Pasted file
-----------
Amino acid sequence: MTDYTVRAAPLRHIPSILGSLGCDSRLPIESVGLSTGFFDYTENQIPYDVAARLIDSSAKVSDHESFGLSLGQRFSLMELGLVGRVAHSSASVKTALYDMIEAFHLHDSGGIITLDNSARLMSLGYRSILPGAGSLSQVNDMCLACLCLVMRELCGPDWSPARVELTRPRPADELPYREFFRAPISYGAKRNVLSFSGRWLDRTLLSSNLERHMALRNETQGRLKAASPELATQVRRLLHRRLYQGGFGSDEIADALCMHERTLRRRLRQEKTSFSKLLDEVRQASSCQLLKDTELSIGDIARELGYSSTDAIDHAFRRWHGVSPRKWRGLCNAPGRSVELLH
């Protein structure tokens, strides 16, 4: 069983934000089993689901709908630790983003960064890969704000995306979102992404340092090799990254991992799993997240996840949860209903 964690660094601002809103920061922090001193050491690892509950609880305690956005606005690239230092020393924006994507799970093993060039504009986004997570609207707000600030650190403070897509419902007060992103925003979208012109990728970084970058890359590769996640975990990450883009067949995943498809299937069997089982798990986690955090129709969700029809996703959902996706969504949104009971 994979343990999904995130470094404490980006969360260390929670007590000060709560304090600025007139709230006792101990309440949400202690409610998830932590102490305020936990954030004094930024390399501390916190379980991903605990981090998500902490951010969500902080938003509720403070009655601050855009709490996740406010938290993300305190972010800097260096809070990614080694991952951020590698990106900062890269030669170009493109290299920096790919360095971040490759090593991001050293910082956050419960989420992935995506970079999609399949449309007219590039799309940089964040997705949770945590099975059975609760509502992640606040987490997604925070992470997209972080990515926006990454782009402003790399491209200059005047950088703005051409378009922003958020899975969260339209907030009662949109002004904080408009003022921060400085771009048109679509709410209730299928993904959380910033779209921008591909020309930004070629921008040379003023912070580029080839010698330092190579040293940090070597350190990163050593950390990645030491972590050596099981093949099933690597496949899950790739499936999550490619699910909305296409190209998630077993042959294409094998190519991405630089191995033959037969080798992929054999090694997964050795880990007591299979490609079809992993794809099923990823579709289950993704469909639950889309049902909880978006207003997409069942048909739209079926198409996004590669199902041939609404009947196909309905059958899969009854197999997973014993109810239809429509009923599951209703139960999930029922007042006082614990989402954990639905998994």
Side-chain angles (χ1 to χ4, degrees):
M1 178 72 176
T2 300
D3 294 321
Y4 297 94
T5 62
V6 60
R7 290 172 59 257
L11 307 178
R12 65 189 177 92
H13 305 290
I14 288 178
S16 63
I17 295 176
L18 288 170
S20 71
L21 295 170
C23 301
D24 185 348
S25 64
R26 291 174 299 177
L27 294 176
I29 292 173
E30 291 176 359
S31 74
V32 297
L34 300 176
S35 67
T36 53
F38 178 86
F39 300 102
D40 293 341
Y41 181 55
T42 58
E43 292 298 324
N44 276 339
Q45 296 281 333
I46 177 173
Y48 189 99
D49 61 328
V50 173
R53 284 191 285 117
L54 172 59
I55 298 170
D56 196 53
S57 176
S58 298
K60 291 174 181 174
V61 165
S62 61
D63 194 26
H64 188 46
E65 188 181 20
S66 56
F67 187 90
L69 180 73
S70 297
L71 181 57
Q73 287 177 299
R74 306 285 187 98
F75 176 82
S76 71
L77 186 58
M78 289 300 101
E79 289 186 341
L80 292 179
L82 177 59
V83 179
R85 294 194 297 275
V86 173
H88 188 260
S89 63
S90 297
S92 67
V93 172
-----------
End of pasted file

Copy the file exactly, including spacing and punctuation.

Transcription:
Amino acid sequence: MTDYTVRAAPLRHIPSILGSLGCDSRLPIESVGLSTGFFDYTENQIPYDVAARLIDSSAKVSDHESFGLSLGQRFSLMELGLVGRVAHSSASVKTALYDMIEAFHLHDSGGIITLDNSARLMSLGYRSILPGAGSLSQVNDMCLACLCLVMRELCGPDWSPARVELTRPRPADELPYREFFRAPISYGAKRNVLSFSGRWLDRTLLSSNLERHMALRNETQGRLKAASPELATQVRRLLHRRLYQGGFGSDEIADALCMHERTLRRRLRQEKTSFSKLLDEVRQASSCQLLKDTELSIGDIARELGYSSTDAIDHAFRRWHGVSPRKWRGLCNAPGRSVELLH
């Protein structure tokens, strides 16, 4: 069983934000089993689901709908630790983003960064890969704000995306979102992404340092090799990254991992799993997240996840949860209903 964690660094601002809103920061922090001193050491690892509950609880305690956005606005690239230092020393924006994507799970093993060039504009986004997570609207707000600030650190403070897509419902007060992103925003979208012109990728970084970058890359590769996640975990990450883009067949995943498809299937069997089982798990986690955090129709969700029809996703959902996706969504949104009971 994979343990999904995130470094404490980006969360260390929670007590000060709560304090600025007139709230006792101990309440949400202690409610998830932590102490305020936990954030004094930024390399501390916190379980991903605990981090998500902490951010969500902080938003509720403070009655601050855009709490996740406010938290993300305190972010800097260096809070990614080694991952951020590698990106900062890269030669170009493109290299920096790919360095971040490759090593991001050293910082956050419960989420992935995506970079999609399949449309007219590039799309940089964040997705949770945590099975059975609760509502992640606040987490997604925070992470997209972080990515926006990454782009402003790399491209200059005047950088703005051409378009922003958020899975969260339209907030009662949109002004904080408009003022921060400085771009048109679509709410209730299928993904959380910033779209921008591909020309930004070629921008040379003023912070580029080839010698330092190579040293940090070597350190990163050593950390990645030491972590050596099981093949099933690597496949899950790739499936999550490619699910909305296409190209998630077993042959294409094998190519991405630089191995033959037969080798992929054999090694997964050795880990007591299979490609079809992993794809099923990823579709289950993704469909639950889309049902909880978006207003997409069942048909739209079926198409996004590669199902041939609404009947196909309905059958899969009854197999997973014993109810239809429509009923599951209703139960999930029922007042006082614990989402954990639905998994």
Side-chain angles (χ1 to χ4, degrees):
M1 178 72 176
T2 300
D3 294 321
Y4 297 94
T5 62
V6 60
R7 290 172 59 257
L11 307 178
R12 65 189 177 92
H13 305 290
I14 288 178
S16 63
I17 295 176
L18 288 170
S20 71
L21 295 170
C23 301
D24 185 348
S25 64
R26 291 174 299 177
L27 294 176
I29 292 173
E30 291 176 359
S31 74
V32 297
L34 300 176
S35 67
T36 53
F38 178 86
F39 300 102
D40 293 341
Y41 181 55
T42 58
E43 292 298 324
N44 276 339
Q45 296 281 333
I46 177 173
Y48 189 99
D49 61 328
V50 173
R53 284 191 285 117
L54 172 59
I55 298 170
D56 196 53
S57 176
S58 298
K60 291 174 181 174
V61 165
S62 61
D63 194 26
H64 188 46
E65 188 181 20
S66 56
F67 187 90
L69 180 73
S70 297
L71 181 57
Q73 287 177 299
R74 306 285 187 98
F75 176 82
S76 71
L77 186 58
M78 289 300 101
E79 289 186 341
L80 292 179
L82 177 59
V83 179
R85 294 194 297 275
V86 173
H88 188 260
S89 63
S90 297
S92 67
V93 172